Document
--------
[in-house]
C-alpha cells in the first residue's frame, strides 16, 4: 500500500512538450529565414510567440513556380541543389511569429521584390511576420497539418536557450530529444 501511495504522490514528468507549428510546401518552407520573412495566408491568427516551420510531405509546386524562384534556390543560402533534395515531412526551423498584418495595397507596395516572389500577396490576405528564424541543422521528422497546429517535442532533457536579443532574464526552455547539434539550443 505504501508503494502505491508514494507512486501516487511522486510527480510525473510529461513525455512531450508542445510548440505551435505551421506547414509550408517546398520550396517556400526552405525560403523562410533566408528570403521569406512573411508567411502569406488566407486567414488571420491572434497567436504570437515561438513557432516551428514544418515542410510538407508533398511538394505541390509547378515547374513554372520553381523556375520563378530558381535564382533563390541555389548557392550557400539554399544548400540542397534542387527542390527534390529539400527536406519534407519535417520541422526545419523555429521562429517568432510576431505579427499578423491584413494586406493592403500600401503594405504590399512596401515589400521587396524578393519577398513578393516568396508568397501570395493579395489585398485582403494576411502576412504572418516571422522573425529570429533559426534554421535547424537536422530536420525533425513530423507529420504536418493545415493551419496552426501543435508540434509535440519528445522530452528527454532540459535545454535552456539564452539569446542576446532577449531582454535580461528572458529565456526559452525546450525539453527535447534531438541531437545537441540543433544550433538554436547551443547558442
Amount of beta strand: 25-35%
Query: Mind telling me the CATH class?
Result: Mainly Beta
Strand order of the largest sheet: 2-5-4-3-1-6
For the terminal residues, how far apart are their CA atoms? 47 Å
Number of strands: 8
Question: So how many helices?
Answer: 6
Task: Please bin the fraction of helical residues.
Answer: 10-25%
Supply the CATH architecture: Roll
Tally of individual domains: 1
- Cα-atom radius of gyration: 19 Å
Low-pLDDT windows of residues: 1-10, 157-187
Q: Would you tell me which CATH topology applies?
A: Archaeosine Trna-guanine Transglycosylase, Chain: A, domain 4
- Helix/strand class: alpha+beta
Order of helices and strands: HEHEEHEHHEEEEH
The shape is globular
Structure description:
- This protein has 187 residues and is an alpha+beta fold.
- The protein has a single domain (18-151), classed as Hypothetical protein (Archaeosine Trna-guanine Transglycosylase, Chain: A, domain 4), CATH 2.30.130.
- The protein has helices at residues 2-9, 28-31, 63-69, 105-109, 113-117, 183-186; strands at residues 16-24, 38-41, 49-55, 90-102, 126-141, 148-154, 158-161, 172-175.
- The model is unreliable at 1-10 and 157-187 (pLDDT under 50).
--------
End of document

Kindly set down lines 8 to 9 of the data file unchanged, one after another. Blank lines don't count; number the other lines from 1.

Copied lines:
Number of strands: 8
Question: So how many helices?